Secondly the loans we gave out in 2011 is close to one billion, one hundred and forty-three million, seven hundred and sixty thousand dalasis (D1,143,760,000.00). I repeat one billion, one hundred and forty-three million, seven hundred and sixty thousand dalasis is what we gave out as loans in 2011.
Now why is this important? Economic growth has slowed considerably in this country; in fact it has slowed by a very huge margin around the globe. Companies are struggling; banks are only just recovering even in the richest countries around the world, and The Gambia is no exception. Now having to operate in this financial services landscape, caution is the name of the game. Now for Trust Bank to lend out close to one billion, one hundred and forty-three million, seven hundred and sixty thousand dalasis means that whilst we are still cautious in the way we carry out our business we recognize too that we have a special responsibility as far as The Gambia is concerned. What we do making finance accessible to people is one of the most important components in helping the country register economic growth; so Trust Bank cannot just shy away from that.
We have a special or unique responsibility; that means that whilst others might be practicing caution - as every bank should – we can, to a certain degree, throw caution to the wind because we have a special responsibility or I would say we have a higher calling to really come good and we cannot shy away from that. So during 2011 that is how much money that we have lent out in the market, and anybody who wants to make any comparison, going round the amount of lending in the whole industry, I think Trust Bank with almost D1.2 billion is comparable to any you have around the country, and if you go even to other countries in Africa, you will see that the size of our balance sheet vis-à-vis the amount of money that we lent, really, is comparable to any that you can find in Africa – any bank that has a special obligation to a particular country that it is operating in. I think really this is the essence of Trust Bank; this is what sets us apart from the rest.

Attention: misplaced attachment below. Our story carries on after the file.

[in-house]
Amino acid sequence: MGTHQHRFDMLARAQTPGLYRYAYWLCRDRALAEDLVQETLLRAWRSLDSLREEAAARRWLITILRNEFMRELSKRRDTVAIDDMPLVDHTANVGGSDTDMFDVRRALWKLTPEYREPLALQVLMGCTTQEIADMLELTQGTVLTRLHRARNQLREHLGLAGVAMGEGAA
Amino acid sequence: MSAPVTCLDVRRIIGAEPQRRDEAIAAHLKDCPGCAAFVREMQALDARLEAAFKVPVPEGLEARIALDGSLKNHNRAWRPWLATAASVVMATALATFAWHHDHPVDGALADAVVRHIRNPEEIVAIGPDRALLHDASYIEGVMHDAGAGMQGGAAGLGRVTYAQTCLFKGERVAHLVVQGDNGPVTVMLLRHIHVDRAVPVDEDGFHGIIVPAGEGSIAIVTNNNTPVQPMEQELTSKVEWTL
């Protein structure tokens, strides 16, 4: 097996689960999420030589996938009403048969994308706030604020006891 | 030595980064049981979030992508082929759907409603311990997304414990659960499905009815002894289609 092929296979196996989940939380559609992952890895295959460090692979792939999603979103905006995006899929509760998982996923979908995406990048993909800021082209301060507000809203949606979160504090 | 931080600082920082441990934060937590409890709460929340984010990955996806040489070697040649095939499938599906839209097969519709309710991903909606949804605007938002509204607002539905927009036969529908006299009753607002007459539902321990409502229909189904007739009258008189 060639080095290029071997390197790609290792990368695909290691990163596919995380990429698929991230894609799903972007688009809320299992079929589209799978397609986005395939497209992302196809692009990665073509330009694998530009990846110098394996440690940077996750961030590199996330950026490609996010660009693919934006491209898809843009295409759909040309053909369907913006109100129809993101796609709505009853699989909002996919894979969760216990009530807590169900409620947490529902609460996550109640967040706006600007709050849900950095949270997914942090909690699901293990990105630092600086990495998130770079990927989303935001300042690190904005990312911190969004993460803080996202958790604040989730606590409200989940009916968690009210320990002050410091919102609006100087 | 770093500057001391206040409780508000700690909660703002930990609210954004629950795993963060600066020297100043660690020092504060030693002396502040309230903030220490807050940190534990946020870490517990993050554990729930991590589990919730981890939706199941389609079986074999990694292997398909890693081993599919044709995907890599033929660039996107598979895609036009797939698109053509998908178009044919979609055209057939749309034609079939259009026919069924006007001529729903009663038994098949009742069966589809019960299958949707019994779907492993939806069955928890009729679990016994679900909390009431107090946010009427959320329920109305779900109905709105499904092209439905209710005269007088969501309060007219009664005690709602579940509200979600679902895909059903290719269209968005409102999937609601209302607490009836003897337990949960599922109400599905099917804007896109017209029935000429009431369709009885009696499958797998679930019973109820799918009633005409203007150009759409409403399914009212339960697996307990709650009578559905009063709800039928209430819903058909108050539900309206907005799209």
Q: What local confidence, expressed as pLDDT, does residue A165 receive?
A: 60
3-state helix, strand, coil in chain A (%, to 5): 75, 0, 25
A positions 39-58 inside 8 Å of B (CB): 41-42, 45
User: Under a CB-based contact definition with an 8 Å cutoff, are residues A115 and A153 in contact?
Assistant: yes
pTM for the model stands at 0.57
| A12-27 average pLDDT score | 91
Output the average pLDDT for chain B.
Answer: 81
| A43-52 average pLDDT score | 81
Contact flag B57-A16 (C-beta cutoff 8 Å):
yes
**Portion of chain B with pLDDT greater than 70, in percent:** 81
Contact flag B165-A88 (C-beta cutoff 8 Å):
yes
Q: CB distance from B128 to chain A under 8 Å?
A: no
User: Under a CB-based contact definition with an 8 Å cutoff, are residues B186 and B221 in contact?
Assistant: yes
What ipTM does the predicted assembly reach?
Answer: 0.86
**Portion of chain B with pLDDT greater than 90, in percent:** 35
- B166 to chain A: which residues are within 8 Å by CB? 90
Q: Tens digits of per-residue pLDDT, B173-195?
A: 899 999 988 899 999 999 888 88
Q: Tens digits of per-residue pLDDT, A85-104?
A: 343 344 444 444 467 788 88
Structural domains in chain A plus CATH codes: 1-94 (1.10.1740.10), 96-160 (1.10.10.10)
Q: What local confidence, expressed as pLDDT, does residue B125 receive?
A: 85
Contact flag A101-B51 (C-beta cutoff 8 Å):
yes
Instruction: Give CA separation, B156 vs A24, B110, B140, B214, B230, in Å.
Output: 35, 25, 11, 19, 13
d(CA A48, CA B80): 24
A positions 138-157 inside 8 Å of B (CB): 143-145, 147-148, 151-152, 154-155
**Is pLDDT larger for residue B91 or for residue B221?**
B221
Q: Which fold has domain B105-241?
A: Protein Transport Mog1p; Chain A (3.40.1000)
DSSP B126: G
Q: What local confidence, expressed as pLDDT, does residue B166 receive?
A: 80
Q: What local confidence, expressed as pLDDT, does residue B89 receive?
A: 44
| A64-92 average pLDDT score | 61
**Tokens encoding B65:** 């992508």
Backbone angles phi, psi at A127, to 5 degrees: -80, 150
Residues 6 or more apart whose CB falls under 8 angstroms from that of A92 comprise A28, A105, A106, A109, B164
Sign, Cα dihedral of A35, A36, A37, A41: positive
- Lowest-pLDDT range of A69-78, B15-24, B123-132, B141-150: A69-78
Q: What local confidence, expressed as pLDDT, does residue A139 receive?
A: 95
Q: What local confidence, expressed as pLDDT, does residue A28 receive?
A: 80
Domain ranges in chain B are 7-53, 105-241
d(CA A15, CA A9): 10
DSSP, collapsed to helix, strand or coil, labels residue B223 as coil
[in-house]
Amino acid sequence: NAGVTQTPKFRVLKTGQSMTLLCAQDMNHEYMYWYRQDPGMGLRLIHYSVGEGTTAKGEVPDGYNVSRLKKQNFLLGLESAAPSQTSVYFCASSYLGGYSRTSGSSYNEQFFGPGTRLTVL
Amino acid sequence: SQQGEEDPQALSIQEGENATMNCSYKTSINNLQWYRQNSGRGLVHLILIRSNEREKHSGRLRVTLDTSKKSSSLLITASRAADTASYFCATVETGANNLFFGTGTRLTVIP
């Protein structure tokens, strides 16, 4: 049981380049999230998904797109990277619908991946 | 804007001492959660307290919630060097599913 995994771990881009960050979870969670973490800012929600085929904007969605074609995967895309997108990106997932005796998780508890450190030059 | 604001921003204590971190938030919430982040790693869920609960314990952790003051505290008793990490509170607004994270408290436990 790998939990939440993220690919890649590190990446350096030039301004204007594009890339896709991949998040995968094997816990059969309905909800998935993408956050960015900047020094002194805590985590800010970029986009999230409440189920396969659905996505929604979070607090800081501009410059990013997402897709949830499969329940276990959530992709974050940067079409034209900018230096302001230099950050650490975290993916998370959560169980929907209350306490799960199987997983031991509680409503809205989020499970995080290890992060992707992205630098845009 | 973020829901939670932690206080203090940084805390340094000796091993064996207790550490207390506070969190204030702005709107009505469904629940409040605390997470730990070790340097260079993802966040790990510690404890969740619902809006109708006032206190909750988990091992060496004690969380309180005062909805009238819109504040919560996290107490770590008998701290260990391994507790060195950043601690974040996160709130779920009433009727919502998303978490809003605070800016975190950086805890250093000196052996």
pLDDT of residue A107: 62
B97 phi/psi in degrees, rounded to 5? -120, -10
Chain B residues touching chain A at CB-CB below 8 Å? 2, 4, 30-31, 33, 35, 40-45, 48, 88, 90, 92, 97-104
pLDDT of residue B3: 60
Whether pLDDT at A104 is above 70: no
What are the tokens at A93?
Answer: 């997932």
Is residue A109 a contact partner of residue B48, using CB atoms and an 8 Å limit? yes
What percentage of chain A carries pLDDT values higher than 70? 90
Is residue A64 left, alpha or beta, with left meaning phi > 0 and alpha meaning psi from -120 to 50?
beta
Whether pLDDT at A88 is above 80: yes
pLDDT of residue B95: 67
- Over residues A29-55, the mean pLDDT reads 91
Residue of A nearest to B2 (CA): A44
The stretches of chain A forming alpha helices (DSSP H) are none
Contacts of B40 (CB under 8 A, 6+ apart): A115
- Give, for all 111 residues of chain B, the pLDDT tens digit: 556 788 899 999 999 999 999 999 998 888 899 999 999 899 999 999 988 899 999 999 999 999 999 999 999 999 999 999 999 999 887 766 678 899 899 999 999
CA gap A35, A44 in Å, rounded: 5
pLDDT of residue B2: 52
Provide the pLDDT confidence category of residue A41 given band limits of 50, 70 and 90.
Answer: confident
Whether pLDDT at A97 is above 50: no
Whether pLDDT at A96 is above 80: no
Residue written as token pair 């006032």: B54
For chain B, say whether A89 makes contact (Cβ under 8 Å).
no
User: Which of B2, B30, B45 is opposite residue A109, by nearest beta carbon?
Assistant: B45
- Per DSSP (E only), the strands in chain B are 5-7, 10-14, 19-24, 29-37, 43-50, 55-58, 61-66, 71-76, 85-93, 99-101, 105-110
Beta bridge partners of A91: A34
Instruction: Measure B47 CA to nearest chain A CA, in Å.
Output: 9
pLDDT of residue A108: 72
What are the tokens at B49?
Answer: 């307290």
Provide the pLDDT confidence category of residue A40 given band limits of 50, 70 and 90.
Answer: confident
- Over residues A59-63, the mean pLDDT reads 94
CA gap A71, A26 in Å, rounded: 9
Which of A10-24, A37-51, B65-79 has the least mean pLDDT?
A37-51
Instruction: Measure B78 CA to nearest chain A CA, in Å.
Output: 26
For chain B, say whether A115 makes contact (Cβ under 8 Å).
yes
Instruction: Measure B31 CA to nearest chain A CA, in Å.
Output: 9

And the second to last aspect of the performance that I want to talk about is that during the course of 2011 the balance sheet of Trust Bank improved by 19%; that is from D3.4 billion in 2010 to D4.1 billion in 2011. That means that during 2011, Trust Bank expanded and expanded to the level that can only be quantified by stating the fact that Trust Bank expanded by D700 million during 2011.
Now the most important indicator also - that’s the last I am going to give you - is the fact that banking depends on us attracting deposits, and no way that people are not going to come for their money at the same time. Having substantial deposits from the people gives us the confidence, the willingness or I could say the boldness to lend some of that money out and make some money out of it.
Now in a highly competitive environment like we have in The Gambia, the deposit that we receive is the stamp of approval any bank needs in the country that it is operating in. And you would have seen that in 2009, our total deposits was D2, 900,000,000 (D2.9 billion). In 2011 it increased to D3.5 billion. Now if you take the total deposits in the market in The Gambia, I don’t think it is anywhere close to D8 billion or may be about D10 billion. Now from that D10 billion if one bank accounts for almost D3.5 billion, it means that the market, Number 1, has a confidence in your bank, it trusts your bank and it has every confidence that this is a bank that is very well run and it is here to stay; that is what the market is saying when it brings all that money to you. So that’s why it is always dangerous to equate your performance with your assets because, remember, your lending is part of your assets but you can lend and not exercise very good lending, but the deposits is the market attitude towards you.